Edward Edinger, one of my favorite Jungians, is the source of one of my favorite quotes:
Man cannot live by spiritual [or maybe he said “eternal”] verities alone; he also needs bread.
I find that as important as it is to keep one’s life in balance, an accompanying need is to determine when we are more in need of one than the other. Bread or Truth?
Truth at the moment is ringing more clearly for me than bread. This, however, is not knowledge about truth; rather it is a level of truth by which to live in a way that leads or opens to what Sri Aurobindo describes as the supra-mental, a level others call Buddhic or Christ consciousness.
Into the equation of knowing if it is really bread or truth I need, is knowing where I am in the cycles of my life, but life cycles is a subject I have written about elsewhere.
I am grateful to my friend Marnia for introducing me to Brian Walker’s translation of Lao Tzu’s Hua Hu Ching. Since the first of this year I have been appropriating these ancient wisdom teachings as words by which to live, and keeping notes on how they are speaking to me personally.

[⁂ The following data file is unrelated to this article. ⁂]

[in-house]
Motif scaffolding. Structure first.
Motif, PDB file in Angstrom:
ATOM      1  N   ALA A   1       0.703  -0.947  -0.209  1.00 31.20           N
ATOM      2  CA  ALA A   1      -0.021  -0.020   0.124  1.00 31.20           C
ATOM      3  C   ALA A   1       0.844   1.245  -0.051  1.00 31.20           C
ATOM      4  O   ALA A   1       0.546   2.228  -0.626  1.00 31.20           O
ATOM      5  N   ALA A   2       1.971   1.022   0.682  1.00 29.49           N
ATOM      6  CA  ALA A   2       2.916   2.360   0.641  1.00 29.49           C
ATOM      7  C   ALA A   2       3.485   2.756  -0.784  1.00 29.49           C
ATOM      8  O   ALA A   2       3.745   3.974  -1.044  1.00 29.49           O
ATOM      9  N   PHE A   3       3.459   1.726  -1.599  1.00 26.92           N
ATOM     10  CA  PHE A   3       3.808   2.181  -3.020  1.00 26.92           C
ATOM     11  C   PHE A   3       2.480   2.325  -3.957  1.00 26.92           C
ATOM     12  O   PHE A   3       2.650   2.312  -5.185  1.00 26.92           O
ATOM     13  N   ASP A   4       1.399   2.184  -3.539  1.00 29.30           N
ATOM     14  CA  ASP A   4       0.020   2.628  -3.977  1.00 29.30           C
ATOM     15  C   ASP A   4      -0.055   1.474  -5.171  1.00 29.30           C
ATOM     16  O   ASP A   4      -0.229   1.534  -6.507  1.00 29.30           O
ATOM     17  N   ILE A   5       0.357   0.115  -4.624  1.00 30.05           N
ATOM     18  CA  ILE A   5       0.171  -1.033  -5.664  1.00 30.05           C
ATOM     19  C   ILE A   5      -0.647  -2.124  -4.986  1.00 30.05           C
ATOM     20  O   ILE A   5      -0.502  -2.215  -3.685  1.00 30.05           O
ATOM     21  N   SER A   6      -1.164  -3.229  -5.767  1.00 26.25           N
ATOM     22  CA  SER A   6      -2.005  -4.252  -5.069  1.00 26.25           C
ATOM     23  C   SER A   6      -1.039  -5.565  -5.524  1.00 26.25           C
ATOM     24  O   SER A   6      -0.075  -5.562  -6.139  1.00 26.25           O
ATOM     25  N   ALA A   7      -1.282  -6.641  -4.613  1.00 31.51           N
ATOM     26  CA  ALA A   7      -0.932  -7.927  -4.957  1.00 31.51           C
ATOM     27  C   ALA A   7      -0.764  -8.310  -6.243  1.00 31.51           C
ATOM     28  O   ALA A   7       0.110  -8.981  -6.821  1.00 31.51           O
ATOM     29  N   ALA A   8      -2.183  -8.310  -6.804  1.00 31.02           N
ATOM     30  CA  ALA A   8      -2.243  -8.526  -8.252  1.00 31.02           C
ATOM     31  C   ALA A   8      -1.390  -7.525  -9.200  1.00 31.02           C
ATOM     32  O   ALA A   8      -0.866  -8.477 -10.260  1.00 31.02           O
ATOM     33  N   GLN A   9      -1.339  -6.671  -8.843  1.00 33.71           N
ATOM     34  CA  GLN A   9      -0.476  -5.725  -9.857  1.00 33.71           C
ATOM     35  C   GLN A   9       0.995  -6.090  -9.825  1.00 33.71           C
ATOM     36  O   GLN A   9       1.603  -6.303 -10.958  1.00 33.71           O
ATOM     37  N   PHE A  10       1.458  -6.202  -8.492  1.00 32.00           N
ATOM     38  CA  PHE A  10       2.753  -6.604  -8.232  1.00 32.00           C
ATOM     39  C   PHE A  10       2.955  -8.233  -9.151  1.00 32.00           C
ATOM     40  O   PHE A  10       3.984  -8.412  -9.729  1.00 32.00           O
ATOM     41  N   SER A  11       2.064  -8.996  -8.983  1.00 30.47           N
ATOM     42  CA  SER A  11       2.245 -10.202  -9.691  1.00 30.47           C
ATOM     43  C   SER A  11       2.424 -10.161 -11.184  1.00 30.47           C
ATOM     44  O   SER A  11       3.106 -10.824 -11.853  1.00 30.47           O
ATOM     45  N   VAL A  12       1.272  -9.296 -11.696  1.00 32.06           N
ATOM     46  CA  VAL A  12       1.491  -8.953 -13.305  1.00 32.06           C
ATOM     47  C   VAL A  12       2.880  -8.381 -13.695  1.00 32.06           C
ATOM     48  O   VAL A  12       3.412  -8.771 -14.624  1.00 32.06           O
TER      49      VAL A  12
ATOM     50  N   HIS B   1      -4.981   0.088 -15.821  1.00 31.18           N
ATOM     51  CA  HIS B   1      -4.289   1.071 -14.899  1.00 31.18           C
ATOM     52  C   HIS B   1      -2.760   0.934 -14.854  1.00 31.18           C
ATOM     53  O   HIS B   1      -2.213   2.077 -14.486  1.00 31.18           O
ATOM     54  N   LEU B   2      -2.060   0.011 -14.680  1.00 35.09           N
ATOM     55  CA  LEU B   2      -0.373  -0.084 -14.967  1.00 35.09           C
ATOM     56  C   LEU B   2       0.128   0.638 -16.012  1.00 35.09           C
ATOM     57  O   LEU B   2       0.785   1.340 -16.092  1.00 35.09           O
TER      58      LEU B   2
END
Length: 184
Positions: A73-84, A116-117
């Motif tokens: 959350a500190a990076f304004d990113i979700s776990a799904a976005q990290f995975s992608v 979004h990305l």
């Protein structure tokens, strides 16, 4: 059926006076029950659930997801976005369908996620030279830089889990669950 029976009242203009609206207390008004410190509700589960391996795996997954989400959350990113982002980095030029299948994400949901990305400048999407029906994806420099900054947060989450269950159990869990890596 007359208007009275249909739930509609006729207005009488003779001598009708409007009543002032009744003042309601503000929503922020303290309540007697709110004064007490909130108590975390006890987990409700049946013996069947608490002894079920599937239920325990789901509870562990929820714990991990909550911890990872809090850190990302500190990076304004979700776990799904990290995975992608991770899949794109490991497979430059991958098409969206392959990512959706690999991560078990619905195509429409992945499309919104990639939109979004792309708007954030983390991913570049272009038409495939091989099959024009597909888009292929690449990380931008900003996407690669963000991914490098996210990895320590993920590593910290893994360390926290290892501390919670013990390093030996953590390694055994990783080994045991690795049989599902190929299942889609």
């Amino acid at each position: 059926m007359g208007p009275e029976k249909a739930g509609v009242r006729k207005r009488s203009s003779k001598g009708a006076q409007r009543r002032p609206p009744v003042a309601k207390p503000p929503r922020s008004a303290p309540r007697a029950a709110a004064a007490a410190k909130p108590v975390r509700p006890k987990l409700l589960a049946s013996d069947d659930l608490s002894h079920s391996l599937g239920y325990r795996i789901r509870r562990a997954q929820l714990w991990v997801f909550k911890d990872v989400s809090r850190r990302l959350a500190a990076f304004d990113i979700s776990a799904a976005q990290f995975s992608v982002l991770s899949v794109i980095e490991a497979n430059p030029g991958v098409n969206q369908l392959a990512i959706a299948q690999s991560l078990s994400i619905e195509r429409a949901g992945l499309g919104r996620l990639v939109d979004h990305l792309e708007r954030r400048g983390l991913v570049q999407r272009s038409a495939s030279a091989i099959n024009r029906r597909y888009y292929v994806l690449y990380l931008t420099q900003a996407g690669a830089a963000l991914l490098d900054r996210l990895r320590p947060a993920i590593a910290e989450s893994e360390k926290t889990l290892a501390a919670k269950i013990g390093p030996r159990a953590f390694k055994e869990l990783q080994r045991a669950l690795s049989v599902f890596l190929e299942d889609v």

The first saying is about the path that leads to peace. This verse also promises that the collection of eighty sayings contains the entire truth of the universe, and joy as well in carrying out the everyday things of life.
I reach the Integral Way of uniting with the great and mysterious Tao. My teachings are simple; if you try to make a religion or science of them, they will elude you. Profound yet plain, they contain the entire truth of the universe. Those who wish to know the whole truth take joy in doing the work and service that comes to them. Having completed it, they take joy in cleansing and feeding themselves. Having cared for others and for themselves, they then turn to the master for instruction. This simple path leads to peace, virtue, and abundance.